The Army Surgeon General proposed a challenge to the crowd gathered to participate in the holistic approach to self-care forum at the annual Association of the United States Army conference Oct. 22.
“Give me 24 hours for you to take a few simple steps for a better tomorrow,” said Lt. Gen. Patricia Horoho.
She asked participants to do 30 minutes of activity, both in the morning and afternoon; to eat calories rather than drinking them and avoid caffeine until the next morning; and to remove electronics from the bedroom and get seven uninterrupted hours of sleep.
These steps are part of a new Army program, the Performance Triad, launched by the Office of the Surgeon General and Army Medicine. The triad consists of eating right, being active and sleeping well, within the concept of life space. The idea is to fully incorporate these habits into everyday life for optimal health.
Horoho cited startling statistics to highlight the importance of a healthy nation.
Only one in four Americans ages 17 to 24 is eligible for the Army, she said.
“Seventy-five percent are unfit to serve … due to medical, weight or legal issues,” she said. “This is a clear and present danger for national security.”
We need to move from a healthcare system, focused on illness and injury, to a system for health, Horoho said. This change would recognize health as a state of physical, mental and social wellbeing, not merely the absence of disease.
Her point was highlighted by panelist Dr. James Gordon, director of the Center for Mind-Body Medicine.
Self-care is the route of prevention and health promotion, he said, which leads to fewer people needing healthcare after falling ill.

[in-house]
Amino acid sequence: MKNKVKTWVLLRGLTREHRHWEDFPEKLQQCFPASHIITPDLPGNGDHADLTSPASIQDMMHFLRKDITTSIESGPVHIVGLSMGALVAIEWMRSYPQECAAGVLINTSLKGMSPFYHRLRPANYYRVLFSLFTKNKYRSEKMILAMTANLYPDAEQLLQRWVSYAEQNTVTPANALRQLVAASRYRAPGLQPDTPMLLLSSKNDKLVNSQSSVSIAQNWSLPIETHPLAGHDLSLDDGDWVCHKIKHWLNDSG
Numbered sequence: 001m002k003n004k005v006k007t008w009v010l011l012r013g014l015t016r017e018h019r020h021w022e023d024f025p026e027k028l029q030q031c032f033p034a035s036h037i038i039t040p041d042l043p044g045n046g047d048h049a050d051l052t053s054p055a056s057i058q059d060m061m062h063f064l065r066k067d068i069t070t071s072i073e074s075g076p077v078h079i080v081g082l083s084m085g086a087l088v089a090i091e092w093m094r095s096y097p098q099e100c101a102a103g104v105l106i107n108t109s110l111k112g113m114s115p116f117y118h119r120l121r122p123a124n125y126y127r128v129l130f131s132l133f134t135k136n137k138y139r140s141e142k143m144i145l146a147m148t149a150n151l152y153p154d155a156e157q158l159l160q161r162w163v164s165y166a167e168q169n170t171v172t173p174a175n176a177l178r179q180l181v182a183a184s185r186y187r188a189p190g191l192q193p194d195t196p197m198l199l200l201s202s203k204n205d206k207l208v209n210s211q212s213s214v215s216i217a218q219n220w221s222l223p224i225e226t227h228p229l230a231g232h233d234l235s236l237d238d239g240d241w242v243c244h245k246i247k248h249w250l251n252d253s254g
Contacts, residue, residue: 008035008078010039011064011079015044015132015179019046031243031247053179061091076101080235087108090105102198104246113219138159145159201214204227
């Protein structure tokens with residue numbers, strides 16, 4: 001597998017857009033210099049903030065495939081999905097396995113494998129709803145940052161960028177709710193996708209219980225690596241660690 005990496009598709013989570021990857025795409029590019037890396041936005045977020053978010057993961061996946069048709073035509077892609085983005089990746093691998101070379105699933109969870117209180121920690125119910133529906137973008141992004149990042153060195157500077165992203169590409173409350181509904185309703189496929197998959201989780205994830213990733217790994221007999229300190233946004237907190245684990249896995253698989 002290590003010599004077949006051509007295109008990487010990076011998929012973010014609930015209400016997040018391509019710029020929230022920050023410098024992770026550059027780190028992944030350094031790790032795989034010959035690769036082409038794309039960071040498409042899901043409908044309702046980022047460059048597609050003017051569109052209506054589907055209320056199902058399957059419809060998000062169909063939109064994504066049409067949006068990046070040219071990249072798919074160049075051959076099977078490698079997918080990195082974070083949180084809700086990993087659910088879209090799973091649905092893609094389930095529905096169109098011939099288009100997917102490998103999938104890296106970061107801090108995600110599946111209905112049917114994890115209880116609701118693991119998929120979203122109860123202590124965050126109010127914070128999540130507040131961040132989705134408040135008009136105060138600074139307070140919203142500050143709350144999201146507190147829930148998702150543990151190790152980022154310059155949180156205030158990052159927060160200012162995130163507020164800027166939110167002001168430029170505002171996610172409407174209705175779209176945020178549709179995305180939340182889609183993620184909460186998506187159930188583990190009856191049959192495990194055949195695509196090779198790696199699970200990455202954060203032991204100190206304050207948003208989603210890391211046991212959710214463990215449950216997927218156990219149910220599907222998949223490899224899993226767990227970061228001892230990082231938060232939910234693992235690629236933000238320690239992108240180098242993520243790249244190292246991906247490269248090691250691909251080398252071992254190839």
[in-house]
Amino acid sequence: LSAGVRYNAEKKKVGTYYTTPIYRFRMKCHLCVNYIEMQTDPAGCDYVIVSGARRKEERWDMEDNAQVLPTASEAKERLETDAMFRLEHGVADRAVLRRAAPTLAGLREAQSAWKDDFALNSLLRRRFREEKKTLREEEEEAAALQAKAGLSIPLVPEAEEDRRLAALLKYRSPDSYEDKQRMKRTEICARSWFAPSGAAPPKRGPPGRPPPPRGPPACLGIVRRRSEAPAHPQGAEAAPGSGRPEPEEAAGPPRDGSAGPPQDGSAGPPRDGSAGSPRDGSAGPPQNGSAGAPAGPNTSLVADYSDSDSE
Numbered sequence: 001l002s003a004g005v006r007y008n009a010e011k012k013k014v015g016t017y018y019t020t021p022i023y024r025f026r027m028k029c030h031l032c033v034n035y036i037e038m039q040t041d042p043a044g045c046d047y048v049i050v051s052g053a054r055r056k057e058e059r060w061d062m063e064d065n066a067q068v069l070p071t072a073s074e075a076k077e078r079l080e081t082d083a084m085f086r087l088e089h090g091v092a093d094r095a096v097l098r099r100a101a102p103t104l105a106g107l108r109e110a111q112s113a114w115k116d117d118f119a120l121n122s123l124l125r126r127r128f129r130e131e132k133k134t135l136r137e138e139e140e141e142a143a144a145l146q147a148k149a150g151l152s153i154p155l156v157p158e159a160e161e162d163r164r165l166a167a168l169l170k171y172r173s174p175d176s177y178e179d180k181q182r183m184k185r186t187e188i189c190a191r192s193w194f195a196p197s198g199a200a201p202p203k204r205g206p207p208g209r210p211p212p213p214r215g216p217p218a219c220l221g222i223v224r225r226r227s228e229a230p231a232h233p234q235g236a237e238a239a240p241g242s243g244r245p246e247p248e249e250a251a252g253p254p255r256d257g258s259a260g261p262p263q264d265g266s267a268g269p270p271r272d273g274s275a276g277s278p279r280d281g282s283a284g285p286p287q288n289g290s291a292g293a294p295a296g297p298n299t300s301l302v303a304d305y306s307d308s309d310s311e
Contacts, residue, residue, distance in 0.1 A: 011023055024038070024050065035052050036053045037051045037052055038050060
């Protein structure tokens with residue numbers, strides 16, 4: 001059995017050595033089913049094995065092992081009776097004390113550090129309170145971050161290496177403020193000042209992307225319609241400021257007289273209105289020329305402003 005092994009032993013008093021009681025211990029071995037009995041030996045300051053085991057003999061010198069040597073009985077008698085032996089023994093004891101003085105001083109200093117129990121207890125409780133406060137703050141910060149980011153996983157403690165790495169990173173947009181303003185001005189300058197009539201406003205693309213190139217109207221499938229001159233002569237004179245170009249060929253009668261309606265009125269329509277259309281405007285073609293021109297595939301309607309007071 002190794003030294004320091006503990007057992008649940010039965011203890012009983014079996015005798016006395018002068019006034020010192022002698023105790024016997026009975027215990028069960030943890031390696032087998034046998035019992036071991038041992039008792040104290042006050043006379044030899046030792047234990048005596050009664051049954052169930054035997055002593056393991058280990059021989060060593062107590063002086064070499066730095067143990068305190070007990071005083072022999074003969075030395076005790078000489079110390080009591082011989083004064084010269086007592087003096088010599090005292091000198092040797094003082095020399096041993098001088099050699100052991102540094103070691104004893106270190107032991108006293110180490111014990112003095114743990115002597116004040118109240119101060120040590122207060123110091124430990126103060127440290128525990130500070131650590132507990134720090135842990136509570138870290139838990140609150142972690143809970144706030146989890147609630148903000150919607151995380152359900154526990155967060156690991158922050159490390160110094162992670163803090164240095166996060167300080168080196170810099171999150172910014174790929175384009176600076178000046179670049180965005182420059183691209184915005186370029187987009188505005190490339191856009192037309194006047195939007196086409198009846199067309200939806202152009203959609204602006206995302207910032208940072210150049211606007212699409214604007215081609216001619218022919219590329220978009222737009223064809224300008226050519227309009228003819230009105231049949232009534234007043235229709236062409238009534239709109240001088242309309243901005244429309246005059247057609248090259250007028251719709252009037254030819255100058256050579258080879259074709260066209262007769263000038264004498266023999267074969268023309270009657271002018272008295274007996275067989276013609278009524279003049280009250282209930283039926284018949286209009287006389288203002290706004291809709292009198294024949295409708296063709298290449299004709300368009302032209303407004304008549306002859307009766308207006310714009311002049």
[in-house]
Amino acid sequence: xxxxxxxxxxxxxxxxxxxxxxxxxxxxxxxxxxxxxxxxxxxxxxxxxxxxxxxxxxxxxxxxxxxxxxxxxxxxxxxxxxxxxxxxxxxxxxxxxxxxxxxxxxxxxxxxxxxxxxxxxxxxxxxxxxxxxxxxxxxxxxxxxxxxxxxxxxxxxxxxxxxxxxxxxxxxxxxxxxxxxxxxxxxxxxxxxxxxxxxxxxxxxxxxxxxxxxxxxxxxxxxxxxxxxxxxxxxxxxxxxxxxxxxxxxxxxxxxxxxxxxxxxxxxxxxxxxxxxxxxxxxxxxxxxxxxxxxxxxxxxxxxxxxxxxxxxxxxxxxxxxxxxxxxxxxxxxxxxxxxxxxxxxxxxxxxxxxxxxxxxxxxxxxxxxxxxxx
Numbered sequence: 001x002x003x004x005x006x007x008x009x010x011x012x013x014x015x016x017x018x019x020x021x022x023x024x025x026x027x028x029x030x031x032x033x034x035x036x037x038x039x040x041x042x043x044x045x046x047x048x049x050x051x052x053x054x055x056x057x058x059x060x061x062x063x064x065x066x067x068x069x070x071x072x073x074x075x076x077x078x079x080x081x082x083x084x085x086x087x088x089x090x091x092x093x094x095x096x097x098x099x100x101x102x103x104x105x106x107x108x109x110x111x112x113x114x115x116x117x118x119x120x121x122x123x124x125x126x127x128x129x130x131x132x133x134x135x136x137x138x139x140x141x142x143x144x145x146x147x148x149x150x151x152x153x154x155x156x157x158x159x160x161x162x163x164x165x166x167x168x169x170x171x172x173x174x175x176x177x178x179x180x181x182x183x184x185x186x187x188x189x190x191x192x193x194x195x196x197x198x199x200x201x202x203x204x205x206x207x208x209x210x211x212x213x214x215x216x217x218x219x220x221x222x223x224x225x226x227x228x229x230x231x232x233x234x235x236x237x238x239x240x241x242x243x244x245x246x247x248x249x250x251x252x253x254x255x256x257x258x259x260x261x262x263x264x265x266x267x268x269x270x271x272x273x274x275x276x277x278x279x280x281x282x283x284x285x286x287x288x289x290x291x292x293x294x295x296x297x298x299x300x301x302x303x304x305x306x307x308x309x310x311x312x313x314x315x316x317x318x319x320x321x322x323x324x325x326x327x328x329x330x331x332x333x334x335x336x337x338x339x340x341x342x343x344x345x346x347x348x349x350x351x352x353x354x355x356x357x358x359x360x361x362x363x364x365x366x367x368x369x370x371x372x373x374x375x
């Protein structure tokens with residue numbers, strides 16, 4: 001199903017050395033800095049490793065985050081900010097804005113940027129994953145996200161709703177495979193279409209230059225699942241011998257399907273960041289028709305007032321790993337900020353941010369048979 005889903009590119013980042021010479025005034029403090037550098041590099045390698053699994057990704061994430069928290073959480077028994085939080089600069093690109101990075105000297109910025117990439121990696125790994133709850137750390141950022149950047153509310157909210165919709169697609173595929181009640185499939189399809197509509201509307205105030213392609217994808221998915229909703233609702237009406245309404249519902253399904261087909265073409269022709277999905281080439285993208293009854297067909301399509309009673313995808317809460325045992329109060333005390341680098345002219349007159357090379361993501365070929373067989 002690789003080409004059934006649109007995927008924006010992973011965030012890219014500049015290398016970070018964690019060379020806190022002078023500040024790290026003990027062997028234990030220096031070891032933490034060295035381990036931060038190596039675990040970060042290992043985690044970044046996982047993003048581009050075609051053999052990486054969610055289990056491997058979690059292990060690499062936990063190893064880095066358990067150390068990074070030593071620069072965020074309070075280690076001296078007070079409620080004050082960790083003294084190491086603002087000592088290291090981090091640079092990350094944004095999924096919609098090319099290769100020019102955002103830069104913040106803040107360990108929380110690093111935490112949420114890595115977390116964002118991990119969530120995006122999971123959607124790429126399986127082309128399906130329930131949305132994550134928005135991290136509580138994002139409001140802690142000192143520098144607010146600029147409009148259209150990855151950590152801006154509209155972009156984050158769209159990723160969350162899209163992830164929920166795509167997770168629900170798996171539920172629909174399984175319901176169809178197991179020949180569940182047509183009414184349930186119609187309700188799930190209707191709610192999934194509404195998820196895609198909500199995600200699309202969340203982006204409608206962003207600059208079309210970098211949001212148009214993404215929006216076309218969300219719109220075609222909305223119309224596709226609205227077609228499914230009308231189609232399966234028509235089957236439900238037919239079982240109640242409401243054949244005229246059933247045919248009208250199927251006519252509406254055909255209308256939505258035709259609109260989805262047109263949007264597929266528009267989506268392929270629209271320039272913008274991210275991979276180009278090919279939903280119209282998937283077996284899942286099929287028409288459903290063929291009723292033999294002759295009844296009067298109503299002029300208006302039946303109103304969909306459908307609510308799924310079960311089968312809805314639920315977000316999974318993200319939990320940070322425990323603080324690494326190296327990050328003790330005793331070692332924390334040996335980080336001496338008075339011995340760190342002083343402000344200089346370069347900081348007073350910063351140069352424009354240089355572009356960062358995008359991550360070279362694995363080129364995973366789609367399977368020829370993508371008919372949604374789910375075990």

In his opinion, self-care, in many cases, is actually more important than diagnosis. Therapy and medication may be needed too, he said, but the skills of self-care should be fundamental to everyone, in the military and beyond.
Horoho used videos and images to illustrate that much of our thinking is subconscious and this thinking must be controlled if we are to make informed decisions.
She explained how lack of sleep leads to lack of activity in the daytime and poor eating choices. By tying the three concepts together and applying their use to real-life situations, Horoho emphasized the positive outcomes that will come for soldiers and their families by following the Triad’s recommendations.
Strike a balance
The topic repeatedly cited by each panelist was striking a balance in life.
Dana Stirk, program manager of the Real Warrior Campaign, and Lynda MacFarland, military family advocate and author, spoke on decreasing stigmatization of mental illness.
“There’s real value of people sharing personal stories,” Stirk said, in making mental health issues more publicly accepted, after MacFarland shared her own story of dealing with a bout of depression. MacFarland described another important triad: mind, body and spirit.
Master Sgt. Jennifer Loredo, an Army Master Resilience Trainer with the Comprehensive Soldier and Family Fitness Program, presented her story about her spouse’s death to demonstrate the importance of resiliency. Her work is part of the newer Army-wide Executive Resilience and Performance Course, designed to teach life coping skills to soldiers and family members.
“The key to taking care of oneself is balance, routine and setting priorities,” she said. This goes hand in hand with sleep, exercise and healthy eating.
“(The Performance Triad) is remarkable,” said Rosemary Williams, deputy assistant secretary of defense for military community and family policy. “It empowers small unit leaders to take care of soldiers.”
She cited another new program, the Healthy Base Initiative, which focuses on reducing obesity and tobacco use.
Assessments of the program are running through 2014 at three military posts to determine its success.
At this time, 9 out of 10 Americans will die of a preventable disease, Horoho said.
“It’s a choice, not something we have to accept.”